If your site is out of service for weeks, the backlog of mail might be partly on tape or some other backup media. You might even want to negotiate an artificially slow feed so that your local spool directory won't overfill.
Even in minor disasters an MX host can save much grief because delivery will be serialized. Without an MX host, every machine in the world that had mail for your machine would try to send it at the same time, that is, when your machine returns to service. That could overload your machine and even crash it, causing the problem to repeat over and over.
A disaster MX is good only as long as your DNS services stay alive to advertise it. Most sites have multiple name server machines to balance the load of DNS lookups and to provide redundancy in case one fails. Unfortunately, few sites have offsite name servers as a hedge against disaster. Consider the disaster MX record developed above:
mailhost.uiowa.edu. IN MX 900 pacific.north.jp.
Ideally, one would want pacific.north.jp to queue all mail until the local site is back in service. Unfortunately, all DNS records contain a Time To Live (TTL) that may or may not be present in the declaration line:
mailhost.uiowa.edu. IN MX 900 pacific.north.jp. TTL implied mailhost.uiowa.edu. 86400 IN MX 900 pacific.north.jp. TTL specified as 24 hours in seconds
When other sites look up the local site, they cache this record. They will not look it up again until 24 hours have passed. Therefore if an earthquake strikes, all other sites will forget about this record after 24 hours and will not be able to look it up again.
In general, records set up for disaster purposes should be given TTLs that are over a month:
mailhost.uiowa.edu. 3600000 IN MX 900 pacific.north.jp. TTL specified as 41 days in seconds
But note that TTLs should be the same for all records so that they will all time out the same:
mailhost.uiowa.edu. 3600000 IN MX 2 mailhost.uiowa.edu. mailhost.uiowa.edu. 3600000 IN MX 10 backup.uiowa.edu. mailhost.uiowa.edu. 3600000 IN MX 900 pacific.north.jp.
If you gave the disaster record a long TTL and left the default for your normal MX records, your normal records would time out and disappear from other sites' caches. This would result in all mail suddenly and mysteriously going to the disaster host when there was no disaster to cause it.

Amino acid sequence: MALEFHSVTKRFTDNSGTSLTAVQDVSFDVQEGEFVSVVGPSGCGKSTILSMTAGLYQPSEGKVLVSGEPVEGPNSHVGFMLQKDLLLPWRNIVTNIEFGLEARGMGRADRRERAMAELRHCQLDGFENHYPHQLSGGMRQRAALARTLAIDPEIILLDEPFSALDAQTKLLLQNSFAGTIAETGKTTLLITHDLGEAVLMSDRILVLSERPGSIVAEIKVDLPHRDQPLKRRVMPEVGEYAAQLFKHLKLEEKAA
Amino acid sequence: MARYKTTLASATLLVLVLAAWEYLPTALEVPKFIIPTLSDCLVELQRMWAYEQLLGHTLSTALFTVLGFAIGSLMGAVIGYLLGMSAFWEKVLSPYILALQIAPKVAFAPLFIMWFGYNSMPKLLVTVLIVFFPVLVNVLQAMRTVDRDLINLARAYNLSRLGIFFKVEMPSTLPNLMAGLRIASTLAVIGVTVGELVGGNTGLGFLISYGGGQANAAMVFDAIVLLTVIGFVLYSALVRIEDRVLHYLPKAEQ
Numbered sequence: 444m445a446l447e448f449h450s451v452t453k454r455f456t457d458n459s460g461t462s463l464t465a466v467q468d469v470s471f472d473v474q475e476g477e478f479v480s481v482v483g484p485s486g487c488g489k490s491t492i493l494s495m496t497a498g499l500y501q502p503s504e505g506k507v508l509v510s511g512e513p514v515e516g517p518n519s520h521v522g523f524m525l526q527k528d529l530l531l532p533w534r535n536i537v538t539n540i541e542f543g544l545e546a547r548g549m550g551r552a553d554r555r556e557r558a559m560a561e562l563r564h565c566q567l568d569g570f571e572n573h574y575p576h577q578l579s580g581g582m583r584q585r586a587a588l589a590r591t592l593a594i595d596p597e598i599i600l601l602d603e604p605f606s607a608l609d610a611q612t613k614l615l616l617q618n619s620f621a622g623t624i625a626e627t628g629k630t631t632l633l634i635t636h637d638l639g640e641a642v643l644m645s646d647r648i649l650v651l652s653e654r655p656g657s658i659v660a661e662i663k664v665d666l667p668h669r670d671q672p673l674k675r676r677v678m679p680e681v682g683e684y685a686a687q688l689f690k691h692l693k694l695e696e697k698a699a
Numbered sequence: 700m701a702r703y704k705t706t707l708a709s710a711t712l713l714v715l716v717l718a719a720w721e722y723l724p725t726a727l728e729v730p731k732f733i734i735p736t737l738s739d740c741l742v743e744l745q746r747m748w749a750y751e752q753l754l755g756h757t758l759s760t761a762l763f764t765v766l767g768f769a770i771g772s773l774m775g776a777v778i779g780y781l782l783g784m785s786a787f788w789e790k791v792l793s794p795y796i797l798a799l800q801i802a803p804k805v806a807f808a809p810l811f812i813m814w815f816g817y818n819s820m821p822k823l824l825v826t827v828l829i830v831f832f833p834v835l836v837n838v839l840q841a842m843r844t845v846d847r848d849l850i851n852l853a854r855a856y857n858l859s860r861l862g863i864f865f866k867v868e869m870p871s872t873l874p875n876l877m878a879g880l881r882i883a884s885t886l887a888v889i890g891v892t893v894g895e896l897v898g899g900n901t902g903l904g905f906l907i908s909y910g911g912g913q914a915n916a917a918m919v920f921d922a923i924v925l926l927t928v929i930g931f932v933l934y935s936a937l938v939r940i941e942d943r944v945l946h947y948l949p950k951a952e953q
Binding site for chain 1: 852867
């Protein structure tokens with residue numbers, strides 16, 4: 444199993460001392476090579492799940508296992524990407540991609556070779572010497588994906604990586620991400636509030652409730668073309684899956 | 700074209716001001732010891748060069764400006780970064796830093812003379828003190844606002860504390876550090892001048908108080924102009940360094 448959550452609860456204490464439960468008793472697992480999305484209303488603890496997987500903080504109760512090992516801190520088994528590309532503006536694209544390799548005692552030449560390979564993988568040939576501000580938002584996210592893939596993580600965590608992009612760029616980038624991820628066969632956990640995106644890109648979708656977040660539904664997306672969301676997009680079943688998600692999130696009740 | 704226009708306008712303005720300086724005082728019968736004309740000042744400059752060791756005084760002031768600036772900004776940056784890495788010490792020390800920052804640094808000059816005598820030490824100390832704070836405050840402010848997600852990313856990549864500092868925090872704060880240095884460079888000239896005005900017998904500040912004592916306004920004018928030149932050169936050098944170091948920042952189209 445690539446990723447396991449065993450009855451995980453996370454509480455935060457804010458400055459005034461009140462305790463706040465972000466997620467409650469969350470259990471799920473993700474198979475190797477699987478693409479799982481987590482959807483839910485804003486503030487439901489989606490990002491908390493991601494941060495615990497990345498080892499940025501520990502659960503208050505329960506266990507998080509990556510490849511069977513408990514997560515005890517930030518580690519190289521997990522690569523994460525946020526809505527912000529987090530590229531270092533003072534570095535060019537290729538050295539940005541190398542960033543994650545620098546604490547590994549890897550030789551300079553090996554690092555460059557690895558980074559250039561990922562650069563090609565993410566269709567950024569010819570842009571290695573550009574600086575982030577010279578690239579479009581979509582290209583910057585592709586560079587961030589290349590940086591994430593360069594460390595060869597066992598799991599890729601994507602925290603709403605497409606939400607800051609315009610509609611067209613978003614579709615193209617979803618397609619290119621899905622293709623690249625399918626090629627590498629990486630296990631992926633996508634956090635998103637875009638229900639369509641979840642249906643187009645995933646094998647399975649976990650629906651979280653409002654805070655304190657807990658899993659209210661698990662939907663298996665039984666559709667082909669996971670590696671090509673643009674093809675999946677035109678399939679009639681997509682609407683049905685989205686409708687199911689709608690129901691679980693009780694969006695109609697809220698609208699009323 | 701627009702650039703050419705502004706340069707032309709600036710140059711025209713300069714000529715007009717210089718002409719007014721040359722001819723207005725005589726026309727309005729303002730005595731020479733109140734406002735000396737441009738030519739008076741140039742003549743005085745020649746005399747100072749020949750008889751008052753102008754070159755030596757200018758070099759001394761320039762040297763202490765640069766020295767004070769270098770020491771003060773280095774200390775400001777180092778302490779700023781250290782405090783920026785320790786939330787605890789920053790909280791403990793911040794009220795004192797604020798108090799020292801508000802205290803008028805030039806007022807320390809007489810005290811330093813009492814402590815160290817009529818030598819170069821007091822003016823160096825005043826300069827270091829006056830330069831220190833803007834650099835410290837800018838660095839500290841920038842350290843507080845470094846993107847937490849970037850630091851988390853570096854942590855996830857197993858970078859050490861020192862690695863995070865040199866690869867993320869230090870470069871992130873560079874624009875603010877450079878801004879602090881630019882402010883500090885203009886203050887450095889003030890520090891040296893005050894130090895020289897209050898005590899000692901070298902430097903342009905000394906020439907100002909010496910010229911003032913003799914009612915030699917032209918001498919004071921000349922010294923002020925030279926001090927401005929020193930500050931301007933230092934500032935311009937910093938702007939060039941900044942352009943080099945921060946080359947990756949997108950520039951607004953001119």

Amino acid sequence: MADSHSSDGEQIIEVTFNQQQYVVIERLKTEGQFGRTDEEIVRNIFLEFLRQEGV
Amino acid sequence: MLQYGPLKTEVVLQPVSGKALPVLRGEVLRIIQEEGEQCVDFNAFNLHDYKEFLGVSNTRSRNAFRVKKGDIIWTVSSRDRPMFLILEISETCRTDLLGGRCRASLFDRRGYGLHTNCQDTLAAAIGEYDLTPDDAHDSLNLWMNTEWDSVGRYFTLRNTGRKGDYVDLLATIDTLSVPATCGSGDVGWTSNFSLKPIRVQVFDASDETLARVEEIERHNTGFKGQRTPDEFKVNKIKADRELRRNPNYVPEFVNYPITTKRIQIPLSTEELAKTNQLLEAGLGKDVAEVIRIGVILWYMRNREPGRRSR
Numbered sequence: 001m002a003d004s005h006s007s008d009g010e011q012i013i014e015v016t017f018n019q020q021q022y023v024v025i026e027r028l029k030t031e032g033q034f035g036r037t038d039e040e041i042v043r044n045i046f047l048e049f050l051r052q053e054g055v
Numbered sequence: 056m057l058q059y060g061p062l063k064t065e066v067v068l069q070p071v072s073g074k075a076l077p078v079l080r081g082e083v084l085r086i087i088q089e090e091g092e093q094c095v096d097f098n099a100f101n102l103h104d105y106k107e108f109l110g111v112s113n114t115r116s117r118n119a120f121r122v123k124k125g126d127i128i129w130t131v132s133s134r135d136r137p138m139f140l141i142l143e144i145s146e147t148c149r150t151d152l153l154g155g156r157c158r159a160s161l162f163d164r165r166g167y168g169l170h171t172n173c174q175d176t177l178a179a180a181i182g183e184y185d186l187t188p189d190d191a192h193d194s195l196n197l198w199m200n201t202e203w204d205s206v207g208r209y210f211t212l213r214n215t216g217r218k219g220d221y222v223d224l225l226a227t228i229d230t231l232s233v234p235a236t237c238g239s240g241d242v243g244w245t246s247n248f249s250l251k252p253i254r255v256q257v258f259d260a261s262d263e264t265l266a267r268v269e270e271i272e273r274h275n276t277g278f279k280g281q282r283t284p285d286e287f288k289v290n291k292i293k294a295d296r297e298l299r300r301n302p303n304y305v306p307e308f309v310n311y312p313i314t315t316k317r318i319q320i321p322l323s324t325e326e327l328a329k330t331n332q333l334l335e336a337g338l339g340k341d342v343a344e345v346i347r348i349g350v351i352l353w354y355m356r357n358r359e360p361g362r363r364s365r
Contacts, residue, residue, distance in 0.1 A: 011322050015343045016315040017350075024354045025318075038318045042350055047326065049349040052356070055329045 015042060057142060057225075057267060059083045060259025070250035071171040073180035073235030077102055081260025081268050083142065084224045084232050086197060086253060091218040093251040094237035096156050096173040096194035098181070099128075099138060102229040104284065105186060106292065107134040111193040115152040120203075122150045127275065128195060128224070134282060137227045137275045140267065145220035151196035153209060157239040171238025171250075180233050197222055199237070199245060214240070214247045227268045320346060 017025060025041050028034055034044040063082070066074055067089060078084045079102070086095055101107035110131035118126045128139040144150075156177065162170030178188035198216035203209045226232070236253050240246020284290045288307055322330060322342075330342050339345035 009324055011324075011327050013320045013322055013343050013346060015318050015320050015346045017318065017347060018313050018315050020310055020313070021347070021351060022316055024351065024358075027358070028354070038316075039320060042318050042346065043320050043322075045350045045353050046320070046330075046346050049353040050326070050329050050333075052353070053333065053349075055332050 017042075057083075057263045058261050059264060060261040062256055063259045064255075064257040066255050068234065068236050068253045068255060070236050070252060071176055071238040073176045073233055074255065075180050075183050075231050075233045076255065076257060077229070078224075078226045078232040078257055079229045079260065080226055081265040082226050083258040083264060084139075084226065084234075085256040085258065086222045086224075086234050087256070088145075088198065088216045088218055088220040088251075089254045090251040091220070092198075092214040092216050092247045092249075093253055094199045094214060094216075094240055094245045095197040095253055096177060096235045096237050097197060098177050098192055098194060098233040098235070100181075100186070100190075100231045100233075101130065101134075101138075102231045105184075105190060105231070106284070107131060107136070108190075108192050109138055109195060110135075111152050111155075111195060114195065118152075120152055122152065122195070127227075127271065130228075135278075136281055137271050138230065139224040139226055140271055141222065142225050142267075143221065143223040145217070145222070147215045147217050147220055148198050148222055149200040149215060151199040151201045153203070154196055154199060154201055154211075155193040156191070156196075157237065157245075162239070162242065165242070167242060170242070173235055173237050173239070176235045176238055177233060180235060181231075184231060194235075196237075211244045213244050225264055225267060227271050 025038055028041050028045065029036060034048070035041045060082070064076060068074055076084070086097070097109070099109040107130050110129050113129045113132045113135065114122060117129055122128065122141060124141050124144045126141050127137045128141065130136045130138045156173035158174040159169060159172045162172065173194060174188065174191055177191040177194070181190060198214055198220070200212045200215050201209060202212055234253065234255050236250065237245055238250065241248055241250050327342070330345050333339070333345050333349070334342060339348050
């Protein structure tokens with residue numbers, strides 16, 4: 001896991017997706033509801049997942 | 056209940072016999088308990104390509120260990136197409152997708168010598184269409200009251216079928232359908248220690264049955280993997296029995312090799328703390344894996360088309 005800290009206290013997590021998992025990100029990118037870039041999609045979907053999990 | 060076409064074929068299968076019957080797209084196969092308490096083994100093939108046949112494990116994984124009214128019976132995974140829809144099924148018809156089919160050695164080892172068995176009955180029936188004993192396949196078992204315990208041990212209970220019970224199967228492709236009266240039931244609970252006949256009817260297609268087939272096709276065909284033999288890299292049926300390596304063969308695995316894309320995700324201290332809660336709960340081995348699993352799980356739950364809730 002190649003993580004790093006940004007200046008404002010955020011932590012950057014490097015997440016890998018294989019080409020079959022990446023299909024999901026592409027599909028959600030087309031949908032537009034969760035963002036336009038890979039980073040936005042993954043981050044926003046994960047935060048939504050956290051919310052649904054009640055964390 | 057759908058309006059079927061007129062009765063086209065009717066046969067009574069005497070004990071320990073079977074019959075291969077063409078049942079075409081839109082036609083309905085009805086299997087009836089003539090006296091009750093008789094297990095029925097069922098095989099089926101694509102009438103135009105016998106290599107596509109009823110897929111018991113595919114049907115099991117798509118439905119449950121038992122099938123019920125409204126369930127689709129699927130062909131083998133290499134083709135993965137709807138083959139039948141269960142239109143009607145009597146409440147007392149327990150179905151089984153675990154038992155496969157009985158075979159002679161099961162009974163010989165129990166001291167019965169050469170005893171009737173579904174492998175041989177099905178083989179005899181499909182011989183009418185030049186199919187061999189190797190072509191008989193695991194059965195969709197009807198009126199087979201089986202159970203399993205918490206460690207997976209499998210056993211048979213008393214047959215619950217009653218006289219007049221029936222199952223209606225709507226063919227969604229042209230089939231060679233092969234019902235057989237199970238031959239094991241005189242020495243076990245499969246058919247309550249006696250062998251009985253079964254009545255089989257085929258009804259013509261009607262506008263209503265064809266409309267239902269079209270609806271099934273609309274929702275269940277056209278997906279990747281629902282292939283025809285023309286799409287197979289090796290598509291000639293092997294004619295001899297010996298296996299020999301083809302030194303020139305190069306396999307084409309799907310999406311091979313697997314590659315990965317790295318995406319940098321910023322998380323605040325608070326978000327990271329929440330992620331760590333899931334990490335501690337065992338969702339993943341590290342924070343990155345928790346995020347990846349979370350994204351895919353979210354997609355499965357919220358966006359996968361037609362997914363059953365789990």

Note that long TTLs can make updates to your DNS files awkward. Updates won't take effect until the TTL times out. If you anticipate a future change, say a rearrangement of your MX records, you can change the TTLs to 2 hours, wait a month for the long TTL to time out, then make and test your changes. 
 And hope that no disaster strikes in the meanwhile. A better technique is to set up an offsite secondary DNS server with a large TTL in the SOA record.
If many hosts at your site receive mail (rather than a central mail server), it is necessary to add a disaster record for each. Unfortunately, when the number of such hosts at your site is greater than 100 or so, individual disaster MX records become difficult to manage simply because of scale.
At such sites, a better method of disaster preparedness is to set up pacific.north.jp as another primary DNS server for the local site. There are two advantages to this "authoritative" backup server approach:
An offsite primary server eliminates the need to set up individual MX disaster records.
An out-of-country primary server can lower the network impact of DNS lookups of your site.
Unfortunately, setting up an offsite or out-of-country server can be extremely difficult. We won't show you how to do that here. Instead, we refer you to the book DNS and BIND by Paul Albitz and Cricket Liu (O'Reilly & Associates, 2nd edition, 1997).